SPIRIT OF PLANTS: STRATEGY
On December the 1rst, the prestigious Princeton University, published on its web page an article entitled "Theory of 'smart' plants may explain the evolution of global ecosystems", published shortly before in the very serious journal Nature Plants.
The author of the theory, Lars Hedin, professor and director of the department of ecology and evolutionary biology at Princeton, said "Our theory explains biomes based on the new idea that we must consider plants to be smart and strategic". And also "This is a global theory that explains why biomes differ in nutrient conditions and in their abilities to respond to disturbances and to absorb carbon dioxide from the atmosphere."
For those who don't know, a biome or biotic area is "a formation of plants and animals that have common characteristics due to similar climates and can be found over a range of continents" (Wikipedia definition).
The theory is based on the observation of plants, of legume family for most, which have the ability to extract from the air, the nitrogen, essential to their development, while other plants must extract it from the soil.
Rhizobium on roots (extract from The Oxford Journal)
“These plants, known as "nitrogen fixers," use secretions to invite soil bacteria known as rhizobia to infect their roots cells. In exchange for carbohydrates that the plant produces by photosynthesis, rhizobia convert nitrogen in the air into the fertilizer form plants need, with excess nitrogen from the host plant eventually creating a nitrogen cycle that benefits neighboring trees”.
Lars Hedin explains: “Generally we think of plants as responding passively to their environment, but we found that they can in fact be quite strategic. Our theory suggests that the distribution of nitrogen fixers across biomes, and the great success of fixers in tropical forests, is a result of the evolution of 'smart' plant strategies in tropical forests in particular”.
The study worked on two different climatic situations.
On one side, tropical forests, and on the other side temperate and boreal forests. Their role in these situations is directly related to the recovery of disturbed soils (floods, landslides, fires, etc.).
In tropical forests, soils are naturally high in nitrogen, and paradoxically, legumes are extraordinarily powerful, numerous and diverse. They use their self-generation of nitrogen capacity for feeding abundantly in their juvenile phase, allowing them to dominate. At the same time, the excessive nitrogen is widely used by neighboring plants which benefit to also have a powerful growth. This explains the extraordinary ability of tropical forests to recover, in record time, the devastated or abandoned by humans areas.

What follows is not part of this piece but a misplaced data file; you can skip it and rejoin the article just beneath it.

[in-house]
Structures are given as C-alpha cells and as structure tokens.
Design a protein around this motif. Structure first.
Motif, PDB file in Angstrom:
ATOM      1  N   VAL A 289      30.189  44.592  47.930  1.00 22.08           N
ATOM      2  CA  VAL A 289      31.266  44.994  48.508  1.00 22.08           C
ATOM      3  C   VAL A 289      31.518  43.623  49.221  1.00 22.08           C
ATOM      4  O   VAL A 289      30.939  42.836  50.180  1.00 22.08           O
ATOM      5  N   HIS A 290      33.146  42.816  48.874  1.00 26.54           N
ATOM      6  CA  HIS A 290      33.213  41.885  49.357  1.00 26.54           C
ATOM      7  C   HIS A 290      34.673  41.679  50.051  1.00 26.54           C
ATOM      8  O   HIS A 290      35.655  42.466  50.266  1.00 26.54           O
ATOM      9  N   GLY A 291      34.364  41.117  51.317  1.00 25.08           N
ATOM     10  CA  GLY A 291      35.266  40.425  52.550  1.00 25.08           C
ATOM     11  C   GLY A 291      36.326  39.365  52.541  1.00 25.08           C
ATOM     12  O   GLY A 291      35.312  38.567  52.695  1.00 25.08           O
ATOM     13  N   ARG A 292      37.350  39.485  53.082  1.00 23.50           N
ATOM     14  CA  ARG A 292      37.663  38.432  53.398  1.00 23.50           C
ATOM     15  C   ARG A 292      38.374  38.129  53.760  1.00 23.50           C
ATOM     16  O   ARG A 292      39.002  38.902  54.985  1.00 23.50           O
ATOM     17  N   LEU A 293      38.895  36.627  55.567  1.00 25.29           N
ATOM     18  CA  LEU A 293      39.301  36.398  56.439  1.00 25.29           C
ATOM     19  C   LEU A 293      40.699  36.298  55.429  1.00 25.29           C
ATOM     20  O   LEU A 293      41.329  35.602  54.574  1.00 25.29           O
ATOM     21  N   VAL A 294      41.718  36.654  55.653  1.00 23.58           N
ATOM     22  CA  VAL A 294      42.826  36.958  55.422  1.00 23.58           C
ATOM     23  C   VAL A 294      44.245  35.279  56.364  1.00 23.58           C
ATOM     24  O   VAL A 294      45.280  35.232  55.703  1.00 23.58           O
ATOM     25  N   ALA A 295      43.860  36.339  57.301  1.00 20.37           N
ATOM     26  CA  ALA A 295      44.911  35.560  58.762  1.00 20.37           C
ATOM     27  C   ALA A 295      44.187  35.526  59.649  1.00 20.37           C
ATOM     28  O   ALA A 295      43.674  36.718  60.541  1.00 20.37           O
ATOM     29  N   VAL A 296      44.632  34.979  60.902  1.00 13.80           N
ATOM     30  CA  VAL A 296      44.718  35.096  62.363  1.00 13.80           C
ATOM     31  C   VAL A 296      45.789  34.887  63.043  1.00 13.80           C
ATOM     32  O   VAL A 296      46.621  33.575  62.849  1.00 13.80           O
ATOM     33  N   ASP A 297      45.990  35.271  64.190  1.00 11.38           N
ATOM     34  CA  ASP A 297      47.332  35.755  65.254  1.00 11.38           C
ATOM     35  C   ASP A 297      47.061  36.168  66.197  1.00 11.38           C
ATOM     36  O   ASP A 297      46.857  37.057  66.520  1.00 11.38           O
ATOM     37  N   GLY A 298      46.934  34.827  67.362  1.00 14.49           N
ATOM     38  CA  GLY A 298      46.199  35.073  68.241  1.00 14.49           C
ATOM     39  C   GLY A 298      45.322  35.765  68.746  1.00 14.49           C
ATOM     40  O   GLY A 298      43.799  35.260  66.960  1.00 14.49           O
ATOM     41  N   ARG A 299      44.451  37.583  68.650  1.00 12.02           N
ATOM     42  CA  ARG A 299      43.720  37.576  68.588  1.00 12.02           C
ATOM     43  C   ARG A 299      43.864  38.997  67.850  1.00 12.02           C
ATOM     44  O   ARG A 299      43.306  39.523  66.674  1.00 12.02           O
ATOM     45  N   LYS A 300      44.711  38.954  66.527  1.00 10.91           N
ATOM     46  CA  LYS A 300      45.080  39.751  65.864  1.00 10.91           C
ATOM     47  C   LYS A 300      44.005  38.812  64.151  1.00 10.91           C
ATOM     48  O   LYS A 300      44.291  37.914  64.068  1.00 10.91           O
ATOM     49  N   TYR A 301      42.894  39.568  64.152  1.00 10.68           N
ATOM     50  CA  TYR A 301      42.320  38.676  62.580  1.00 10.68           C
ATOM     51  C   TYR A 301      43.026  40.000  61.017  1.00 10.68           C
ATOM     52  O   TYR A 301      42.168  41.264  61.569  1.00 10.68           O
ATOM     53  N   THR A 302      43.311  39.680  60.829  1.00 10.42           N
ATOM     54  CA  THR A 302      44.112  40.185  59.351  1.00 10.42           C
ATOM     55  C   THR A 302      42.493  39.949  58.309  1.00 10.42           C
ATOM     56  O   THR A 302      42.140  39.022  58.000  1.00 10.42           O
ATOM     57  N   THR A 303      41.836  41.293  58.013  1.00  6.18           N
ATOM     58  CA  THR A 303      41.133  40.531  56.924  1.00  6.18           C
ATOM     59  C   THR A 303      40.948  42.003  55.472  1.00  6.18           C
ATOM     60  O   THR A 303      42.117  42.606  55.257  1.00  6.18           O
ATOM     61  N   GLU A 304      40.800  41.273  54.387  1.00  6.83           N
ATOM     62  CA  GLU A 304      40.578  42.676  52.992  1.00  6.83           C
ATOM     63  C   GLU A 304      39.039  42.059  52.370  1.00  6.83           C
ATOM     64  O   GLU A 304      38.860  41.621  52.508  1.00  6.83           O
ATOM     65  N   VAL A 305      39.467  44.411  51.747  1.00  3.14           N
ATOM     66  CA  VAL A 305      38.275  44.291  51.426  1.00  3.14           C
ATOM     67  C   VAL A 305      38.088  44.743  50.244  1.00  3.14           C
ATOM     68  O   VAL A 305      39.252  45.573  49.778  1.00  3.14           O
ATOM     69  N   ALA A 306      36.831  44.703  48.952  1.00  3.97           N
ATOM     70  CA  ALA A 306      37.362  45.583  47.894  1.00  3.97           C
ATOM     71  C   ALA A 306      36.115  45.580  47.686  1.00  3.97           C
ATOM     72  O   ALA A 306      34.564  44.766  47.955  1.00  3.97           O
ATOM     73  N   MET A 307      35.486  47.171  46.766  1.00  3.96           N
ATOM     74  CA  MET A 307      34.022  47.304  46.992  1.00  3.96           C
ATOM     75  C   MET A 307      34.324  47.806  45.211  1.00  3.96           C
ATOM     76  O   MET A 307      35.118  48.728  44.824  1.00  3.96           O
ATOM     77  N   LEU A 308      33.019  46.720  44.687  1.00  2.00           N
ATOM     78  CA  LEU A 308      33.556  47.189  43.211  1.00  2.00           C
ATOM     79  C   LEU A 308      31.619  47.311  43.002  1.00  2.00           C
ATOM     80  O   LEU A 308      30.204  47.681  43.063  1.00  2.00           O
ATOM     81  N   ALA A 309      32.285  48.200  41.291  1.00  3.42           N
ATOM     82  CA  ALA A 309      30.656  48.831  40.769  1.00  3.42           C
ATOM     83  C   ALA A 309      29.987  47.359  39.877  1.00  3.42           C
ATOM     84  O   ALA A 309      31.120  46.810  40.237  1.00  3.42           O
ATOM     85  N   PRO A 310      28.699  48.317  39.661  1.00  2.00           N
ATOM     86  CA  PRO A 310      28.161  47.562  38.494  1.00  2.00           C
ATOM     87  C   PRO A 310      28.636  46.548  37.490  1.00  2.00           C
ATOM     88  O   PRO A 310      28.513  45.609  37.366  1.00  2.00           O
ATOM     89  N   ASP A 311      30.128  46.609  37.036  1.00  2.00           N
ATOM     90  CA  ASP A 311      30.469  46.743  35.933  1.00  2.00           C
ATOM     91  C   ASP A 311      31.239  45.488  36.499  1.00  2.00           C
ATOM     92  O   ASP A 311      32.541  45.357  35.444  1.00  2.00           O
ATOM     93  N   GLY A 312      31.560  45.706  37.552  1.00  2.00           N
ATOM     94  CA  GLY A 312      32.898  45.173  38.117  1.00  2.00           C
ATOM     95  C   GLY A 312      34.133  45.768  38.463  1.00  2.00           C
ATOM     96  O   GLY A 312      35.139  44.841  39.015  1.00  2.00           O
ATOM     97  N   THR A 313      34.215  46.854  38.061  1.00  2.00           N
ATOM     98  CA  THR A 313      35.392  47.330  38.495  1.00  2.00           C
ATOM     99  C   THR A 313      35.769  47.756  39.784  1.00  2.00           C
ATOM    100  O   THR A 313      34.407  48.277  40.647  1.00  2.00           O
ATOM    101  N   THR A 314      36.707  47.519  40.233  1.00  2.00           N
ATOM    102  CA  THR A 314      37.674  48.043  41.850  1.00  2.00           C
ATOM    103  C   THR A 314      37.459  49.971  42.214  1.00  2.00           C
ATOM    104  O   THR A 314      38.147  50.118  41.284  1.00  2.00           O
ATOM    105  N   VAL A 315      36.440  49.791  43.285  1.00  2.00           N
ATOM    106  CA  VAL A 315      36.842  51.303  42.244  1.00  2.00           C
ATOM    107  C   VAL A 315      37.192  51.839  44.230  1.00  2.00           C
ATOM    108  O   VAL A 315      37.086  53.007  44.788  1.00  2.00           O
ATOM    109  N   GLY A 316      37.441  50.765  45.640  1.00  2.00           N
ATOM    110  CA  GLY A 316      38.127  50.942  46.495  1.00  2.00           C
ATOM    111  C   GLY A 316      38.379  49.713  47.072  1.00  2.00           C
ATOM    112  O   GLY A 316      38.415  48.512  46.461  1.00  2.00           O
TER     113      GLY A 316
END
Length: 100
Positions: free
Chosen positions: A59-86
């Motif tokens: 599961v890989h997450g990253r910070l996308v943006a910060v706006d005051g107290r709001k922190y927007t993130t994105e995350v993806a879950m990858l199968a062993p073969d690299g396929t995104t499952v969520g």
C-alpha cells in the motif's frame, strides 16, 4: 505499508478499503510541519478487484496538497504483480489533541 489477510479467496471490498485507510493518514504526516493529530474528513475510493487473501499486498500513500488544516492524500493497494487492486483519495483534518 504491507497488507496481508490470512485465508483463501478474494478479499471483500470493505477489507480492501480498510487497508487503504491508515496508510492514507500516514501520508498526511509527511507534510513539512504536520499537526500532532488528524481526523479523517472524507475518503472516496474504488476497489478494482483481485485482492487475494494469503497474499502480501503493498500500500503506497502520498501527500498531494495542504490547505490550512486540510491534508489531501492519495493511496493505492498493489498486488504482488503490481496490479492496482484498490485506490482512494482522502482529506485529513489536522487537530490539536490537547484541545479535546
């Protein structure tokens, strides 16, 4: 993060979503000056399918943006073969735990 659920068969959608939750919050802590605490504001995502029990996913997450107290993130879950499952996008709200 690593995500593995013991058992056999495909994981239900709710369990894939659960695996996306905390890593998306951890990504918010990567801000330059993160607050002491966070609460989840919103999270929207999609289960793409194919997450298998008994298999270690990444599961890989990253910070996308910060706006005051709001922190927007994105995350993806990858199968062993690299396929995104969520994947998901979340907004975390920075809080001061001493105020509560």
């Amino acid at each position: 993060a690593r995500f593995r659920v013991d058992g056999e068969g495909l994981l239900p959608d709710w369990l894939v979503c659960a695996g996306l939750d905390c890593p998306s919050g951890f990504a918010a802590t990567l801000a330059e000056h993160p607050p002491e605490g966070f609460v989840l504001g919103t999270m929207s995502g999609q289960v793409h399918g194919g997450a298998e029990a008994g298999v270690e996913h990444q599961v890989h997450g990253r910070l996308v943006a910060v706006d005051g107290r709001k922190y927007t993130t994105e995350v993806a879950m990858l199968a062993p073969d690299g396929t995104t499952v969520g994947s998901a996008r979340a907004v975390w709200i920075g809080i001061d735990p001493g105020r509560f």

Then, nitrogen production becoming excessive, they "turn it off" in order to save the energy their exchange with rhizobia requires, to redirect it to their growth needs, in their battle for solar energy, in an environment where the vegetation thickness is a limiting factor. This allows them to live very long years. This is a strategy for powerful growth, wherein the nitrogen-fixers first promote the biome overall growth by generating a large amount of nitrogen. Then they reduce or stop this "altruistic" and exhausting action, to stay in a situation of domination.
In temperate and boreal forests, where the soils are much poorer in nitrogen and slower to regenerate, scientists expected to see a clear dominance of legumes. Yet it is not. In fact they use their capacity otherwise. They are present, of course, but so much more anecdotal. Their role becomes crucial in a situation where it's necessary to regenerate the soil after a fire, for example. They will use a different strategy, in which they will produce a large amount of nitrogen during the juvenile phase, to allow their non nitrogen generator entourage to recover health. But in these poorer soils, legumes don't "turn off" the nitrogen generation, so that they exhaust themselves to the task and are dominated by other species in the struggle for sunlight. This strategy to help the survival of other species and biome usually ends up being counterproductive, since with the depletion of legumes and their gradual disappearance, soils start again getting poorer.
"Tropical nitrogen-fixing plants are “smart” enough to know when to use costly nitrogen fixation to compete with neighboring plants, and when to turn it off, as if they are sentient beings," Lars Hedin explains. "Nitrogen fixers in non-tropical zones are initially super competitors but end up fueling their own demise. Because their fixation is not strategic in the long term, they spread nitrogen around to their neighbors and their neighbors overcome them."
Benjamin Houlton, terrestrial biogeochemistry professor at the University of Davis (who was not involved in this research) estimates that this work will allow progress in "our search for an evolutionarily coherent theory for ecology." He adds that these plants could be able to adapt to global warming.
Design by César Mejías from the article of El Definido
Design by César Mejías from the article of El Definido
As stated in the conclusion section of the Chilean web magazine El Definido (in spanish) on the same subject
“What does that mean for us humans? What if one day we are beginning to suffer the consequences of climate change, it is better that we are surrounded by tropical nitrogen-fixing plants”.
This leads us to think that plants are organized into societies, biomes, in which each plant or group of plants plays a special role, useful to the entire biome and in which power struggles exist, variable according to surrounding conditions.
Well, it would remind me a little animal and human societies, right?